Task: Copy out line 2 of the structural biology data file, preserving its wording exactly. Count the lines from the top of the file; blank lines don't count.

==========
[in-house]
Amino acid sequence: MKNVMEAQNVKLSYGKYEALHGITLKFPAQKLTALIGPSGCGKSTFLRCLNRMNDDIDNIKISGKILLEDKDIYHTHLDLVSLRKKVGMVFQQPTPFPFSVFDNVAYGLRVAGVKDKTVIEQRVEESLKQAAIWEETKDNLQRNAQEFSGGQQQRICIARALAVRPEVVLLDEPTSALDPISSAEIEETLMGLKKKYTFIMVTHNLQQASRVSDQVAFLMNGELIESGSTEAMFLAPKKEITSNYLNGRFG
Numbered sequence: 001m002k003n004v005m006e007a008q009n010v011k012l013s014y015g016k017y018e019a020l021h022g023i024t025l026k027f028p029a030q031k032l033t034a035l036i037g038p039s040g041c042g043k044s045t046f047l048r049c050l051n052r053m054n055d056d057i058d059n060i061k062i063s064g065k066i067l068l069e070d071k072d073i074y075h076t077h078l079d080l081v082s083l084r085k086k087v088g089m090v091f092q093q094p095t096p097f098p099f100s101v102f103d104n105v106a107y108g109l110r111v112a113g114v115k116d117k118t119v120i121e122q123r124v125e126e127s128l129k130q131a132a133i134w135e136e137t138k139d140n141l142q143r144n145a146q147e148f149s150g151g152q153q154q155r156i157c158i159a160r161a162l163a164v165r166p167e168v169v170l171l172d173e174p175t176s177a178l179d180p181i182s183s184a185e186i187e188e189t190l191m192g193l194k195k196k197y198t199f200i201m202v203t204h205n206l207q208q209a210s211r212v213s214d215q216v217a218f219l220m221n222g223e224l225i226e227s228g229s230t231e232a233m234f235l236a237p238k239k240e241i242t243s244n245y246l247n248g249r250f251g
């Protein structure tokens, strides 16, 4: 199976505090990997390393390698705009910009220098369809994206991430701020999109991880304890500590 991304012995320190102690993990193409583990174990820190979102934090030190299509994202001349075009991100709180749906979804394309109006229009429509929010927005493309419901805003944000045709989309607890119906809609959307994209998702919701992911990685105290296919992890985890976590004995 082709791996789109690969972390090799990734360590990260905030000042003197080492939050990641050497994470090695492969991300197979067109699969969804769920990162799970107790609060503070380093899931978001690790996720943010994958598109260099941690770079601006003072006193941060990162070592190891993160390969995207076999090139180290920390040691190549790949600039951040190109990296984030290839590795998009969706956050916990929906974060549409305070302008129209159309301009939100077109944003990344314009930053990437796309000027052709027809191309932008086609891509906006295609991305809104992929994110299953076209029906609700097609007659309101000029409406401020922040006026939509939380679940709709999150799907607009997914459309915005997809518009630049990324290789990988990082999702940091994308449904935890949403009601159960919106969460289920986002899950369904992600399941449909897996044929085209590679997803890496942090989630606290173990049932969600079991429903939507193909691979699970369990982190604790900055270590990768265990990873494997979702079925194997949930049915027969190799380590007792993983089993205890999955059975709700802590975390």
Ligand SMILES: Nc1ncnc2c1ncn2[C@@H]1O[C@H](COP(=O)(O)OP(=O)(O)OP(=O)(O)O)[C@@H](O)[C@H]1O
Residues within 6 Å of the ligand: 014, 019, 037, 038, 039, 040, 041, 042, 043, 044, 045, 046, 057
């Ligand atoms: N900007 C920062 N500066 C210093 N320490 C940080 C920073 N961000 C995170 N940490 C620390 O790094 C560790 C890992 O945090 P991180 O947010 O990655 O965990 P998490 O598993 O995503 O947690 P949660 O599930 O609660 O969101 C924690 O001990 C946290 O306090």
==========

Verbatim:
Amino acid sequence: MKNVMEAQNVKLSYGKYEALHGITLKFPAQKLTALIGPSGCGKSTFLRCLNRMNDDIDNIKISGKILLEDKDIYHTHLDLVSLRKKVGMVFQQPTPFPFSVFDNVAYGLRVAGVKDKTVIEQRVEESLKQAAIWEETKDNLQRNAQEFSGGQQQRICIARALAVRPEVVLLDEPTSALDPISSAEIEETLMGLKKKYTFIMVTHNLQQASRVSDQVAFLMNGELIESGSTEAMFLAPKKEITSNYLNGRFG